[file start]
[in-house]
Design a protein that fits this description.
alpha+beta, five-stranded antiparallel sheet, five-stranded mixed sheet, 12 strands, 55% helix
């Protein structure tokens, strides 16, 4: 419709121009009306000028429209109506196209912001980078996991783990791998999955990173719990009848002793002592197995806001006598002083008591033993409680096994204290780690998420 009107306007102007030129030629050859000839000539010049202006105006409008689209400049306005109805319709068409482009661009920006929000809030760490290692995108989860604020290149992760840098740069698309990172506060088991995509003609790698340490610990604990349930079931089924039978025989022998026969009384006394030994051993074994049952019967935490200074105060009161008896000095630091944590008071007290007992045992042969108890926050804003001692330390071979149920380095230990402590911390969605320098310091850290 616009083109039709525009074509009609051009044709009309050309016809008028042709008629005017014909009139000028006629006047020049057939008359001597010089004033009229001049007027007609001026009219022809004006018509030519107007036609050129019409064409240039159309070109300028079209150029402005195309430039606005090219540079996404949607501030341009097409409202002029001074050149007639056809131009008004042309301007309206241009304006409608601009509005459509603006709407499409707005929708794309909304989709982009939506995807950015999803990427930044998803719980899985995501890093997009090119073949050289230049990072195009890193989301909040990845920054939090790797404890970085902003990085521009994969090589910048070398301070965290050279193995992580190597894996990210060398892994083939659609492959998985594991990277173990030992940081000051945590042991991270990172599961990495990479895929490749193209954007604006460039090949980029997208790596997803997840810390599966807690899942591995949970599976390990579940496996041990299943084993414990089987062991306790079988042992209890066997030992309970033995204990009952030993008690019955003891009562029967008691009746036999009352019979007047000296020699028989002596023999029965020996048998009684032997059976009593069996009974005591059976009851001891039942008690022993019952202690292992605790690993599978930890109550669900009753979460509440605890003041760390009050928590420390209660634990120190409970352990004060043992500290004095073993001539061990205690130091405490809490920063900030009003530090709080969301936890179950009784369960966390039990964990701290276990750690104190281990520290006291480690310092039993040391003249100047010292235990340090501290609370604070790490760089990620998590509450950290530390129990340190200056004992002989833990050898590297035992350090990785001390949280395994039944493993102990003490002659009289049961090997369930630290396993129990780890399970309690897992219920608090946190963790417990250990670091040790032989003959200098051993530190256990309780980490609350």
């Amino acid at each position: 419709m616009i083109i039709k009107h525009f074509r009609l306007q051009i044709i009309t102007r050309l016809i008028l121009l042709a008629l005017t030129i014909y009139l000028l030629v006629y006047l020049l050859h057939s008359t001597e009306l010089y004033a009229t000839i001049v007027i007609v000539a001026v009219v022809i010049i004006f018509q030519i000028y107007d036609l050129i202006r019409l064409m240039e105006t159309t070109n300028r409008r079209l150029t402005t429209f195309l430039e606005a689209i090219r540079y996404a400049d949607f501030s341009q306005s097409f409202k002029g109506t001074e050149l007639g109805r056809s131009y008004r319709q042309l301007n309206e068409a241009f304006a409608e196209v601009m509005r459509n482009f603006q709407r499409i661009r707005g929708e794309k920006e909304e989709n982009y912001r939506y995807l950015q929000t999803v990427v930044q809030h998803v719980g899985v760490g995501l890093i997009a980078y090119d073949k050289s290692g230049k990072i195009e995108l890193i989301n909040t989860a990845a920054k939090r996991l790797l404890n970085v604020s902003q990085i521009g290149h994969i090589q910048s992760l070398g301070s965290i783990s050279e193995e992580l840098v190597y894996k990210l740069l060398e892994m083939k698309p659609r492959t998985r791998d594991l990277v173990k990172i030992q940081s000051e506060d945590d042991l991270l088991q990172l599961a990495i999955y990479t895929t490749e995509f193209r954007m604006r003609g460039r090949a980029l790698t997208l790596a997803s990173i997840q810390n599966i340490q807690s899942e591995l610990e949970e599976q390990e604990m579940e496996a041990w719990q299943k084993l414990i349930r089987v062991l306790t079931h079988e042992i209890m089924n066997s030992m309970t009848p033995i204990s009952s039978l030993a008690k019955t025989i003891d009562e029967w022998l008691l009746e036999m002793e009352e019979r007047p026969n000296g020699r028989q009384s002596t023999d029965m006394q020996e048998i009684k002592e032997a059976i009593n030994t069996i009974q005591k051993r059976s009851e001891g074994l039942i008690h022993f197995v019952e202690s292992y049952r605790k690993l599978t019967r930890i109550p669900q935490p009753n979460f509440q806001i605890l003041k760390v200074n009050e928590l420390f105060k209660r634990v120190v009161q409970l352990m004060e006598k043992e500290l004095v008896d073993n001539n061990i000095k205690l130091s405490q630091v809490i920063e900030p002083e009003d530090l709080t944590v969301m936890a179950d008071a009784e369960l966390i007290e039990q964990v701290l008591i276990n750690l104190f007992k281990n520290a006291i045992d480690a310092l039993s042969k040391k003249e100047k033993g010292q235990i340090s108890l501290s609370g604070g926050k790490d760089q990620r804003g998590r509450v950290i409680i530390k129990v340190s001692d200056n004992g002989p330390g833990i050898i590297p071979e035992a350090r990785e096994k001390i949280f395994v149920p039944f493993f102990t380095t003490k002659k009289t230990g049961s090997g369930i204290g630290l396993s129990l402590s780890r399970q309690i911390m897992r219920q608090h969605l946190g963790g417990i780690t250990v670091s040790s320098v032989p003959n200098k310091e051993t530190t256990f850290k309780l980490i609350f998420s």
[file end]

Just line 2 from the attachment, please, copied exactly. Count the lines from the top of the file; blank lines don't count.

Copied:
Design a protein that fits this description.